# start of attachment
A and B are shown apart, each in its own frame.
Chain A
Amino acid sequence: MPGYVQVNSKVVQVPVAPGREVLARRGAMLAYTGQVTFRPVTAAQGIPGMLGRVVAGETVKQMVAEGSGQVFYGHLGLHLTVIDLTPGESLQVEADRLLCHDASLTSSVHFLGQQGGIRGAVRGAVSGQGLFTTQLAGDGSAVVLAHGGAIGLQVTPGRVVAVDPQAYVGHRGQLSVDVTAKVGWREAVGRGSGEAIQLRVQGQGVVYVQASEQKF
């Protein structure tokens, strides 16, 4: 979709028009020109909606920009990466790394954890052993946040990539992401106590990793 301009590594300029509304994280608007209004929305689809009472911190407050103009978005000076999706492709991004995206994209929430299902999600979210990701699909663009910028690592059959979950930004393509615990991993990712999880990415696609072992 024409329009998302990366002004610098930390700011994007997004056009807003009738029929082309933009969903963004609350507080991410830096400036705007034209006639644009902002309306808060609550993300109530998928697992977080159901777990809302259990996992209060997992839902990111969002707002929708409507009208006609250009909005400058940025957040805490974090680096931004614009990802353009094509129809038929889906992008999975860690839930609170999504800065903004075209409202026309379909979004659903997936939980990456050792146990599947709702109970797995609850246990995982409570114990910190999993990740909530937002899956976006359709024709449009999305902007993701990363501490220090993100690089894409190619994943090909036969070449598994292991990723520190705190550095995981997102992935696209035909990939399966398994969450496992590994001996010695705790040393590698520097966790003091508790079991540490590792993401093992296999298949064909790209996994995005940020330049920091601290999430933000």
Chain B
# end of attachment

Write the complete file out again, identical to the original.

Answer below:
A and B are shown apart, each in its own frame.
Chain A
Amino acid sequence: MPGYVQVNSKVVQVPVAPGREVLARRGAMLAYTGQVTFRPVTAAQGIPGMLGRVVAGETVKQMVAEGSGQVFYGHLGLHLTVIDLTPGESLQVEADRLLCHDASLTSSVHFLGQQGGIRGAVRGAVSGQGLFTTQLAGDGSAVVLAHGGAIGLQVTPGRVVAVDPQAYVGHRGQLSVDVTAKVGWREAVGRGSGEAIQLRVQGQGVVYVQASEQKF
């Protein structure tokens, strides 16, 4: 979709028009020109909606920009990466790394954890052993946040990539992401106590990793 301009590594300029509304994280608007209004929305689809009472911190407050103009978005000076999706492709991004995206994209929430299902999600979210990701699909663009910028690592059959979950930004393509615990991993990712999880990415696609072992 024409329009998302990366002004610098930390700011994007997004056009807003009738029929082309933009969903963004609350507080991410830096400036705007034209006639644009902002309306808060609550993300109530998928697992977080159901777990809302259990996992209060997992839902990111969002707002929708409507009208006609250009909005400058940025957040805490974090680096931004614009990802353009094509129809038929889906992008999975860690839930609170999504800065903004075209409202026309379909979004659903997936939980990456050792146990599947709702109970797995609850246990995982409570114990910190999993990740909530937002899956976006359709024709449009999305902007993701990363501490220090993100690089894409190619994943090909036969070449598994292991990723520190705190550095995981997102992935696209035909990939399966398994969450496992590994001996010695705790040393590698520097966790003091508790079991540490590792993401093992296999298949064909790209996994995005940020330049920091601290999430933000």
Chain B